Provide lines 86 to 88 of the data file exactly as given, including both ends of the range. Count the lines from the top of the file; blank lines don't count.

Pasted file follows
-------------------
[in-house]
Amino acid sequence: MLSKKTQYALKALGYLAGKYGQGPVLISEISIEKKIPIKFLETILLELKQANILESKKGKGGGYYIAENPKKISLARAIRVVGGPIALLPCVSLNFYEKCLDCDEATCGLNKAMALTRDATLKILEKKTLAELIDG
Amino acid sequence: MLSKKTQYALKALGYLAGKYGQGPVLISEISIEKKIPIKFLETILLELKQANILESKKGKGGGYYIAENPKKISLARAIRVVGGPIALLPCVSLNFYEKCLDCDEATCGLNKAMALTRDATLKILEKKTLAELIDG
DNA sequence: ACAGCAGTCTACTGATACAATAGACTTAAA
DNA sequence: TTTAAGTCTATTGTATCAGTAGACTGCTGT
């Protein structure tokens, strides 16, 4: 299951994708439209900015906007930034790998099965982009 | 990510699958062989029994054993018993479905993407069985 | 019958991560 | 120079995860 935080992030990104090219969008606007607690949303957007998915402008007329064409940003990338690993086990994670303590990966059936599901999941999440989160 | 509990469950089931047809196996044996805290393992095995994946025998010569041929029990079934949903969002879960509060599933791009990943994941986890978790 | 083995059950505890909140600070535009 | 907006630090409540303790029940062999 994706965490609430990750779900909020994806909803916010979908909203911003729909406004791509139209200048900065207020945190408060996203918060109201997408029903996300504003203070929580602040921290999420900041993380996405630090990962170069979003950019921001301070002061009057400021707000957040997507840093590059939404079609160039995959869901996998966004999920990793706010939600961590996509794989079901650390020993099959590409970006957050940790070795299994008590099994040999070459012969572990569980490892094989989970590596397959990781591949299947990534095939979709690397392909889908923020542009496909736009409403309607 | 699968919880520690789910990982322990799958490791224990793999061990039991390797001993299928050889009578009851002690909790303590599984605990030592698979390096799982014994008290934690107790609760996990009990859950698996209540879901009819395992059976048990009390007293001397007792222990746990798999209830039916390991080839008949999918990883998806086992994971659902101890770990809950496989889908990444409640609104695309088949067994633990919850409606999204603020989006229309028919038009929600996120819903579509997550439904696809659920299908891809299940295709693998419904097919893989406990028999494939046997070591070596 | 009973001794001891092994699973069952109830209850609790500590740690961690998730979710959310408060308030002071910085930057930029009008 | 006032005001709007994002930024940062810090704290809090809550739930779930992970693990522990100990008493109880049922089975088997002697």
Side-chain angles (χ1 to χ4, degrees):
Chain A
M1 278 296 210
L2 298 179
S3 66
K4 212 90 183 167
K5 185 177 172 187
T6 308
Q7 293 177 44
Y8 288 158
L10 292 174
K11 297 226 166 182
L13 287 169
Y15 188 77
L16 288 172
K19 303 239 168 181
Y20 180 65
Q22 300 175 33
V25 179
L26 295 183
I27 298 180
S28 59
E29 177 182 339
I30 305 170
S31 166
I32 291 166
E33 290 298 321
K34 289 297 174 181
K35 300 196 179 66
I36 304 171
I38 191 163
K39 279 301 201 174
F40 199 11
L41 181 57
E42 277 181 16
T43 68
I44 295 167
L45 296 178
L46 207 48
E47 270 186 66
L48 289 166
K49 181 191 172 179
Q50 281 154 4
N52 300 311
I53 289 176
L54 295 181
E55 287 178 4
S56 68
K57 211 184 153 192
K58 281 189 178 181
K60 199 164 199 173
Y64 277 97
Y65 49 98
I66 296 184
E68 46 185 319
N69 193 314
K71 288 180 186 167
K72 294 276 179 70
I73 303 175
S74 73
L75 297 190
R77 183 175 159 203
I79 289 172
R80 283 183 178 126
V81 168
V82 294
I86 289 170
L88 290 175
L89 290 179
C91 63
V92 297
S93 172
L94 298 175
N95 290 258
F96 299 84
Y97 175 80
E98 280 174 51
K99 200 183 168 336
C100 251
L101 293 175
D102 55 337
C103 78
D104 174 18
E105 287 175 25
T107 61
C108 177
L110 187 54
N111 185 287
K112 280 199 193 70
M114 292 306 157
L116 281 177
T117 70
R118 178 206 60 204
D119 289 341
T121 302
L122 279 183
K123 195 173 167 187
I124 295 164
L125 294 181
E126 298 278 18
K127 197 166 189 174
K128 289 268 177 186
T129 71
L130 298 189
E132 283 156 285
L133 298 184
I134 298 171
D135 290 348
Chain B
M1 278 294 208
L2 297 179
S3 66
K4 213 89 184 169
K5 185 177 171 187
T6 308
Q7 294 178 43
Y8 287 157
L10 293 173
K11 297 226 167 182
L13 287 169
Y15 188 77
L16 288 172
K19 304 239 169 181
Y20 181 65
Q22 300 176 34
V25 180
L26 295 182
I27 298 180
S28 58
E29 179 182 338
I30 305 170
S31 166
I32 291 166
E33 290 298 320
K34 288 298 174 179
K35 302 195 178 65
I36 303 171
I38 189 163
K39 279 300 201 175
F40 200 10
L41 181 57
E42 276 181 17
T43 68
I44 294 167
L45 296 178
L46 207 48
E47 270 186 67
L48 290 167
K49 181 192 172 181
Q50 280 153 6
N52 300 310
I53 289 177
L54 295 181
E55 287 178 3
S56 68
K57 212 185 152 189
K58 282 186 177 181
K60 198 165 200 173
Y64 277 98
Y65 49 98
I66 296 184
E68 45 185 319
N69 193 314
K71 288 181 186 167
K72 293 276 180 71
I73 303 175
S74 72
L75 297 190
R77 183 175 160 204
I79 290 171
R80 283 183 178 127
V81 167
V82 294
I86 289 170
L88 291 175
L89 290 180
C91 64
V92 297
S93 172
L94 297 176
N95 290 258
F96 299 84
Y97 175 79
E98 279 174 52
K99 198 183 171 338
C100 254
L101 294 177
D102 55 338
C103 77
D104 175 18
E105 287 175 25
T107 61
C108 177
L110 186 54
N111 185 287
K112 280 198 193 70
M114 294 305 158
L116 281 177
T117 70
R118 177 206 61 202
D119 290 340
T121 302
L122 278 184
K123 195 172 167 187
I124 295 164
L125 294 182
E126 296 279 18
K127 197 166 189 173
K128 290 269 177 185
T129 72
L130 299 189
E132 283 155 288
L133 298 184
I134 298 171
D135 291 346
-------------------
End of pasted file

L101 293 175
D102 55 337
C103 78